Thomas Ascik

Thomas Ascik is a retired federal prosecutor. He writes from North Carolina. His writing has appeared in a variety of publications including Catholic World Report, The Federalist, and The Imaginative Conservative.

recent articles

Dobbs

Dobbs and the Shaky Foundations of Roe

In the oral arguments in the much-anticipated Mississippi abortion case Dobbs v. Jackson Women’s Health Organization heard in the Supreme Court Wednesday, there was little discussion of the details of abortion. Instead, the status of the Court’s major precedents and the Court’s power and influence in American life were the main subjects. The immediate subject … Read more

What Does the Amazon Synod’s Working Document Really Say?

Much ink has been spilled debating the merits and even the orthodoxy of the Instrumentum Laboris (or working document) of the Amazon Synod, which begins on October 6. We’re now less than one week out from the main event and, curiously, there has been no close reading of the Instrumentum itself. So, let’s begin with … Read more

In England, the Child is the “Mere Creature of the State”

In the case of the now-deceased toddler, Alfie Evans, the British government, through its Royal College of Pediatrics and its courts, had legal authority. Alfie had legal “interests,” which the government defined in his case, but he did not have any “rights.” Alfie’s parents only had a right to be heard; they had no substantive rights … Read more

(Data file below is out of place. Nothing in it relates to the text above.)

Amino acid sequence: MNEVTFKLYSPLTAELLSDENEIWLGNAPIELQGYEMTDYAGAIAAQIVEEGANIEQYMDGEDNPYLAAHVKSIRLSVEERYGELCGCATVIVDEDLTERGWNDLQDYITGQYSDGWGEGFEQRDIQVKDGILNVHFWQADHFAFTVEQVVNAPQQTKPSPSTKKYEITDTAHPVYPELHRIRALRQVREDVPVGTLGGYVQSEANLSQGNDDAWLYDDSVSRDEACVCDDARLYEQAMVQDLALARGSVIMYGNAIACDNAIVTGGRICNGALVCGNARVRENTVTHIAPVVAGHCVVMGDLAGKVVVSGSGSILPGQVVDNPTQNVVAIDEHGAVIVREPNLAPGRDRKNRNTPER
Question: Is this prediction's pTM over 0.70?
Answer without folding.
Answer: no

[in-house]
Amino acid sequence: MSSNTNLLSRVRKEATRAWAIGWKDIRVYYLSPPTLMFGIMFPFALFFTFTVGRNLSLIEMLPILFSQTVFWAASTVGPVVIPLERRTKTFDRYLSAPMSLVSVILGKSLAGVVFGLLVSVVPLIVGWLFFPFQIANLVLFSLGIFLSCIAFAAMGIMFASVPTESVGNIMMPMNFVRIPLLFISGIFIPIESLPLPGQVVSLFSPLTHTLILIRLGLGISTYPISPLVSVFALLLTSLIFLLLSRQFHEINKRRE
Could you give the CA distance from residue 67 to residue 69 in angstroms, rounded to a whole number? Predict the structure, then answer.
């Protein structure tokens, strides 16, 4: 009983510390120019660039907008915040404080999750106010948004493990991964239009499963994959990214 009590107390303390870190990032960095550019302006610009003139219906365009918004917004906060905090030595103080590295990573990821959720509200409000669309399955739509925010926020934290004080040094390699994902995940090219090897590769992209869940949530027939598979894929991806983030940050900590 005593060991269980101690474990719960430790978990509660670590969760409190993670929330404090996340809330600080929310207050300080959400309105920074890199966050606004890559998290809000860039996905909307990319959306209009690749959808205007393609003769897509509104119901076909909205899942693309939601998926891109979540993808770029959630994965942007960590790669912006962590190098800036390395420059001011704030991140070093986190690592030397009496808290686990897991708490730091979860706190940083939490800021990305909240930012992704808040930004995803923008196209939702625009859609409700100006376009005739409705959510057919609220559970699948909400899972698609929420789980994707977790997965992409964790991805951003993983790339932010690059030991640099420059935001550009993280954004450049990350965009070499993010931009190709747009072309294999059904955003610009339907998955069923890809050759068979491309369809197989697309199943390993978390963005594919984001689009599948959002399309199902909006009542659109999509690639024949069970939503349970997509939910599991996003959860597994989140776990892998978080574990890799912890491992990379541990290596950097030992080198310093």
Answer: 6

Is There a Right to be Left Alone?

With respect to social/moral issues, contemporary liberalism or progressivism is flourishing in certain states, among which are California and Colorado. And under this “new federalism,” the direct governmental attempt to coerce individuals is prominent. But the Supreme Court, as set out below, has largely resisted attempts to curtail individual religious and moral liberty. And two … Read more

Can Religious Symbols Be Tolerated on Public Lands?

Is a long-standing commemorative cross on public land socially divisive and a governmental endorsement of religion? Or, to the contrary, is a constitutional challenge to that cross an act of gratuitous social divisiveness? Last week, in American Humanist Association v. Maryland, the federal Fourth Circuit Court of Appeals reversed a ruling of the federal district court of … Read more

Religious Liberty Wins Again in the Supreme Court

In its decision in Trinity Lutheran v. Comer this week, the Supreme Court took another significant step in furthering its contemporary jurisprudence emphasizing the free exercise of religion. Trinity Lutheran Church operates a daycare and early-learning center on its church property in Boone County, Missouri. The church explicitly states that its early learning program is one of … Read more

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